General Education Requirements
The University of Illinois Urbana-Champaign requires that all undergraduate students take General Education - or "Gen Ed" - courses to gain and use broad knowledge beyond the specialized learning they will do in a major field of study. These Gen Ed requirements cover the kinds of knowledge all students should have: the humanities and arts, social and behavioral sciences, natural sciences and technology, quantitative reasoning, composition/writing, and cultural studies.
General Education courses at Illinois are mindful of our students' diverse backgrounds, needs, and interests, and are an essential component of the transformative learning that prepares our graduates to become alumni who make a significant societal impact. These courses build students' abilities to think critically, solve problems, generate new ideas and create knowledge, make connections between academic disciplines, respect and understand differences, and develop as citizens and leaders.
General Education at Illinois is more than a set of required courses; it is a gateway into the Illinois experience.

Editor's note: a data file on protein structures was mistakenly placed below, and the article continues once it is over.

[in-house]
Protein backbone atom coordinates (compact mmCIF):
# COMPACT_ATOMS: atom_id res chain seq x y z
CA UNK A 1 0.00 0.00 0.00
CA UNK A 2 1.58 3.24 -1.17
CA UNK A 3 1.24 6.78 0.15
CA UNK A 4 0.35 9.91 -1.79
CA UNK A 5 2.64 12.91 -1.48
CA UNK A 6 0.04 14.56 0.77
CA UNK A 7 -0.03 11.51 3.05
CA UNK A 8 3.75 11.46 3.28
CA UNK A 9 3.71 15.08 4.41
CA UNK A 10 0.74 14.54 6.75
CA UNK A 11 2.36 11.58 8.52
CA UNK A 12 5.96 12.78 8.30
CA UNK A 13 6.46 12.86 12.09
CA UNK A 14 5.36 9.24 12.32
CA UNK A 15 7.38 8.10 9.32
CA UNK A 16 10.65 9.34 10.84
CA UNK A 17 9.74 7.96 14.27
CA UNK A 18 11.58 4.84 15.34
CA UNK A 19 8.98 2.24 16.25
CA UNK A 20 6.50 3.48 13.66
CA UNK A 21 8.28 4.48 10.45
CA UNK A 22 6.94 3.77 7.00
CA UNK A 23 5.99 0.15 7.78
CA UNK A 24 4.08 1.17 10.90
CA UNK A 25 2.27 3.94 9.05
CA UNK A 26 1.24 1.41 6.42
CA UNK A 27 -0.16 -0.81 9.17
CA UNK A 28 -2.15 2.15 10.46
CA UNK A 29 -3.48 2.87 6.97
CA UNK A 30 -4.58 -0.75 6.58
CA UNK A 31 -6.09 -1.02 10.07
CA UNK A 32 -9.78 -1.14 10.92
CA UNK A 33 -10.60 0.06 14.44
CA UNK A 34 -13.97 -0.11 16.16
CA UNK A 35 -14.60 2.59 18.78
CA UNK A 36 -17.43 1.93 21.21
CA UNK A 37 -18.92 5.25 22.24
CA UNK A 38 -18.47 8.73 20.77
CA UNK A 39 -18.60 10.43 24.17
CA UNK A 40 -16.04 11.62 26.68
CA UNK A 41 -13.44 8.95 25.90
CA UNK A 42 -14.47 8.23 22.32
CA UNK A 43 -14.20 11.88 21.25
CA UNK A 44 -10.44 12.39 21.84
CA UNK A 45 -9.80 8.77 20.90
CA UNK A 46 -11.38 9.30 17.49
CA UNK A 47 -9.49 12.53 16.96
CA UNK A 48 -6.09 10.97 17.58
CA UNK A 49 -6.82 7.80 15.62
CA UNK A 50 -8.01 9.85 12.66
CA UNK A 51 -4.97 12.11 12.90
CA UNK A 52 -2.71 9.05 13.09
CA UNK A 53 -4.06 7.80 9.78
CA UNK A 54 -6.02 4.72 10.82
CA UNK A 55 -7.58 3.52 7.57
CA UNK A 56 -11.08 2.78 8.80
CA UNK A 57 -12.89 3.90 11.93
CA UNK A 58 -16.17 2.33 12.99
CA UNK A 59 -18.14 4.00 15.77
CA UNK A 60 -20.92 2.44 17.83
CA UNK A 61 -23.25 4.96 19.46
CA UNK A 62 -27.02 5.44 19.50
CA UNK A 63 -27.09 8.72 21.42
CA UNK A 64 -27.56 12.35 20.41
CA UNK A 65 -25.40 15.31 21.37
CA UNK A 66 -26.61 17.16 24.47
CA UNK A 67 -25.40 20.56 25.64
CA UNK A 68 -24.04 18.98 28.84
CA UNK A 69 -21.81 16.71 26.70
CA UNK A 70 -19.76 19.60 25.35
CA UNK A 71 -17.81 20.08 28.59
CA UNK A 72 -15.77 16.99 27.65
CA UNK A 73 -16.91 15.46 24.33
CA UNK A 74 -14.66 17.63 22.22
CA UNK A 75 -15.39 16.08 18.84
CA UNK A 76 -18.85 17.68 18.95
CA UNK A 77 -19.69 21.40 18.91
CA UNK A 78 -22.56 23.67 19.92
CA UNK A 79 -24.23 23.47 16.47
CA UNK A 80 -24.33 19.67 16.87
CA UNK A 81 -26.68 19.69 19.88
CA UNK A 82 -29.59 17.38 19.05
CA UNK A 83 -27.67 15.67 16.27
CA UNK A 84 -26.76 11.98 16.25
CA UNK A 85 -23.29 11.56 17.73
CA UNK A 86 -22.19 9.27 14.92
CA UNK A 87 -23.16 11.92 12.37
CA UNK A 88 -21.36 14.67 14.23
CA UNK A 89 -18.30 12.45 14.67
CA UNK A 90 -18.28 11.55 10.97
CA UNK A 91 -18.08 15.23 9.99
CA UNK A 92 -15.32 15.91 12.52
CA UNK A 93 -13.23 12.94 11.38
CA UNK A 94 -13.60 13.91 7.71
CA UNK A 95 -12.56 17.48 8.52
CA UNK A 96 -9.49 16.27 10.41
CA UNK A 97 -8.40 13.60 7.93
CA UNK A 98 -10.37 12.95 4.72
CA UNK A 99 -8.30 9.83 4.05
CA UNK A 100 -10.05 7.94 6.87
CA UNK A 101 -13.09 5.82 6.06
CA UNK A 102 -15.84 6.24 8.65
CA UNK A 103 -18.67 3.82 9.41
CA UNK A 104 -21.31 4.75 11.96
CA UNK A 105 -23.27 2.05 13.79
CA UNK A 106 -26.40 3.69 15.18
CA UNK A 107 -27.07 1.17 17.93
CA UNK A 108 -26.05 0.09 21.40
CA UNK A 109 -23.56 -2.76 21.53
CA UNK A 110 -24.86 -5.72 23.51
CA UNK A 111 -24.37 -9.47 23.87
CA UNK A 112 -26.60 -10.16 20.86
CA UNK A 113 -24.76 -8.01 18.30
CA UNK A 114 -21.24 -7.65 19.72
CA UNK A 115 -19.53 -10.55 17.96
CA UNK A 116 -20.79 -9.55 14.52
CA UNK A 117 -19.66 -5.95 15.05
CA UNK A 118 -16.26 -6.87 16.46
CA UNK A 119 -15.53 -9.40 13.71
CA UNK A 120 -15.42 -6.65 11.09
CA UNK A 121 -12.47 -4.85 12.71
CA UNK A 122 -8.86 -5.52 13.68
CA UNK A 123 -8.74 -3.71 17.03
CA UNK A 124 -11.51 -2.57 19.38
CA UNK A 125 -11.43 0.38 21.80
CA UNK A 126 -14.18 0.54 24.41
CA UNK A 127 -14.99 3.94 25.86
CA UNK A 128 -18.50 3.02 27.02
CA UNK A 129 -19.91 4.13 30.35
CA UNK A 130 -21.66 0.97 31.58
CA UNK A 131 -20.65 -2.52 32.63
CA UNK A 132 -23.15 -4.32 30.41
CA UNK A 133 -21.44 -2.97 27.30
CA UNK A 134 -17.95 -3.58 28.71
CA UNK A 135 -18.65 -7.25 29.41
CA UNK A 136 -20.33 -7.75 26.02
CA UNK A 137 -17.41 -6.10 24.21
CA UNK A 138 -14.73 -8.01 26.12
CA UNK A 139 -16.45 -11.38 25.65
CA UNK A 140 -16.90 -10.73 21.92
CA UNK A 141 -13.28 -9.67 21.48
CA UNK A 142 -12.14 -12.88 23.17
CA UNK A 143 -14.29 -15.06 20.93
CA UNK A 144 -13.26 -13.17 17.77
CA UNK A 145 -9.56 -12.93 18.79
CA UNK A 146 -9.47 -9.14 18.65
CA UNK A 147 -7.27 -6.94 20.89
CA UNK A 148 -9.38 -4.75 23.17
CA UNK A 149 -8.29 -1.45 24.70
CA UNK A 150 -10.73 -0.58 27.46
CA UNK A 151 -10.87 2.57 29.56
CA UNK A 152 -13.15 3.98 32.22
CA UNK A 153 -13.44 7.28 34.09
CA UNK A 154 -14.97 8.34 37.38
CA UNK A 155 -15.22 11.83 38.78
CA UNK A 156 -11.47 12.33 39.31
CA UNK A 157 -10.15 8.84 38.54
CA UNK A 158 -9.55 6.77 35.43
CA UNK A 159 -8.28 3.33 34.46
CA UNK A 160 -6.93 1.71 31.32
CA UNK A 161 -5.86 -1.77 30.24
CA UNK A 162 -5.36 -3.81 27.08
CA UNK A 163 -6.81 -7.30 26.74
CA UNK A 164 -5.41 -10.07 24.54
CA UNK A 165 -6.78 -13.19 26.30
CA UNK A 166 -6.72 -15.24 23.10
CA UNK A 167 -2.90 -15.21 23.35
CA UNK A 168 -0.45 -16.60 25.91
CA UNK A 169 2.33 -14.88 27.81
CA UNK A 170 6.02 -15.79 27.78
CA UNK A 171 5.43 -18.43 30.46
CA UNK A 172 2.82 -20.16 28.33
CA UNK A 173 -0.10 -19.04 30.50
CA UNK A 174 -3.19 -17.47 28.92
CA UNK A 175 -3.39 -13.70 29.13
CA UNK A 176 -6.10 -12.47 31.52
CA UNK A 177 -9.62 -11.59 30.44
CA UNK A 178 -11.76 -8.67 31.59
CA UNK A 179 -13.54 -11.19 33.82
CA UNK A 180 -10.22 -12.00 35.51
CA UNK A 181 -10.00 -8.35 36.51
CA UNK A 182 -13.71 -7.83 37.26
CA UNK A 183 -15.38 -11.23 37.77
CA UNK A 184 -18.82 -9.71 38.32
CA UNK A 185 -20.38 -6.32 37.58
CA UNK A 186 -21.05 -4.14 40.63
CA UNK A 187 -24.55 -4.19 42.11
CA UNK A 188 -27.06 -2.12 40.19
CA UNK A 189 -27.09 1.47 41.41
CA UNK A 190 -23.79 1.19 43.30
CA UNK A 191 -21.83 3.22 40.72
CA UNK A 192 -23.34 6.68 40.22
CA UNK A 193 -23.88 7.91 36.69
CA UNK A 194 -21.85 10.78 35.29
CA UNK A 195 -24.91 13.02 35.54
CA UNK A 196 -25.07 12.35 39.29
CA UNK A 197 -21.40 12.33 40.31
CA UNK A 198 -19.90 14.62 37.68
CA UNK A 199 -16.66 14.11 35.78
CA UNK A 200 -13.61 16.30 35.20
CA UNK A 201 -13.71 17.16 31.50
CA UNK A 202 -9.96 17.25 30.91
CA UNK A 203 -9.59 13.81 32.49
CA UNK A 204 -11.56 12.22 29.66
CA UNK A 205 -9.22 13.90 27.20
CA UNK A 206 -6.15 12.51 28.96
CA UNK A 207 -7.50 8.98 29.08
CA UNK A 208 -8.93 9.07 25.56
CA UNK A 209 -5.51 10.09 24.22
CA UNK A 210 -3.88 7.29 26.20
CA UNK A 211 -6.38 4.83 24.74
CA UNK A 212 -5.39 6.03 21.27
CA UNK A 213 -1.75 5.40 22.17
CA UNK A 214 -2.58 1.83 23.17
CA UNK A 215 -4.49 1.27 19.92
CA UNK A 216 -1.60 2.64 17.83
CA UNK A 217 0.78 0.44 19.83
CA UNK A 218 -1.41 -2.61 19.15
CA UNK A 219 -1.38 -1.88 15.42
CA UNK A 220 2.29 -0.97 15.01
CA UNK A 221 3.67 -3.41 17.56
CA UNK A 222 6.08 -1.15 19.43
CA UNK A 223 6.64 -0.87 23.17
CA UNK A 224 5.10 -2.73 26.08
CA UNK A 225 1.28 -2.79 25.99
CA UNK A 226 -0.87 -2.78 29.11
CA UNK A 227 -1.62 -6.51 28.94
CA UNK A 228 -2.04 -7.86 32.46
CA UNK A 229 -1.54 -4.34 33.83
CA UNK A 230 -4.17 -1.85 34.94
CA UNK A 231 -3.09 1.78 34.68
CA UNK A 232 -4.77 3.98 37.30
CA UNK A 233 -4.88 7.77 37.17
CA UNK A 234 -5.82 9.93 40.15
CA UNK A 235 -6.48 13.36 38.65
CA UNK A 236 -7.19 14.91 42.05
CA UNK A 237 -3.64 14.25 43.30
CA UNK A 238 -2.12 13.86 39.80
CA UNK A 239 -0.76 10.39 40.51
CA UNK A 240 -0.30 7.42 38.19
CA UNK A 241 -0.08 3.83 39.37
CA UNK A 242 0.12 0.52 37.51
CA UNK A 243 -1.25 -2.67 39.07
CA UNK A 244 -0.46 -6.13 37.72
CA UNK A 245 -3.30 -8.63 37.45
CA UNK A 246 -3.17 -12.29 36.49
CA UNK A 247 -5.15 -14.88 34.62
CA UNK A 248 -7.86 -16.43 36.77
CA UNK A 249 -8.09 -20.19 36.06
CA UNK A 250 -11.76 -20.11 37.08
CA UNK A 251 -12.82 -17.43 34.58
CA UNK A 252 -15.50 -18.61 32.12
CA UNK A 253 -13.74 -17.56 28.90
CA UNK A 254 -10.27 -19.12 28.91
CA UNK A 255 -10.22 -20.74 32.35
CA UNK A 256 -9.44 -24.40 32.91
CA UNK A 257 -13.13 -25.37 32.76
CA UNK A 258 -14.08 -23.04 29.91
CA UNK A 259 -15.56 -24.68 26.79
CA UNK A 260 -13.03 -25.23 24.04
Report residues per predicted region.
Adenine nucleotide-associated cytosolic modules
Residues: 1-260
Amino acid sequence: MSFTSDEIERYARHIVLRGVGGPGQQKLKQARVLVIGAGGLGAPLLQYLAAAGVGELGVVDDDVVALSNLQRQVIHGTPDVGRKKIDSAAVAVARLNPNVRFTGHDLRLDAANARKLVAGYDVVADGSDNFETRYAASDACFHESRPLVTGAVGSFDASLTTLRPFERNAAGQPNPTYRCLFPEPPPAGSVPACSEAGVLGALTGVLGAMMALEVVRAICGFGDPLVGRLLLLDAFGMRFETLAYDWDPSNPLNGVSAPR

Courses are noted as fulfilling one or more of the following categories:
- Composition I
- Advanced Composition
- Humanities and the Arts: Literature & the Arts or Historical & Philosophical Perspectives
- Natural Sciences and Technology: Life Science or Physical Science
- Quantitative Reasoning
- Social and Behavioral Sciences
- Cultural Studies: Western/Comparative Cultures, Non-Western Cultures, and US Minority Cultures
For a list of current courses approved for General Education credit, please visit the Course Explorer.
Written Communication Requirement
- Satisfactory proficiency in written communication is a requirement for all undergraduate degrees awarded at the University of Illinois Urbana-Champaign. This proficiency can be certified by the satisfactory completion of the “Composition I” general education requirement via the one-semester, four-hour course Rhetoric 105 (Writing and Research); the two-semester, eight-hour sequence of Rhetoric 101 (Principles of Writing) and 102 (Principles of Research) with Rhetoric 100 tutorials in both semesters; or the two-semester, six-hour sequence Communication 111 and 112 (Oral & Written Communication I and II).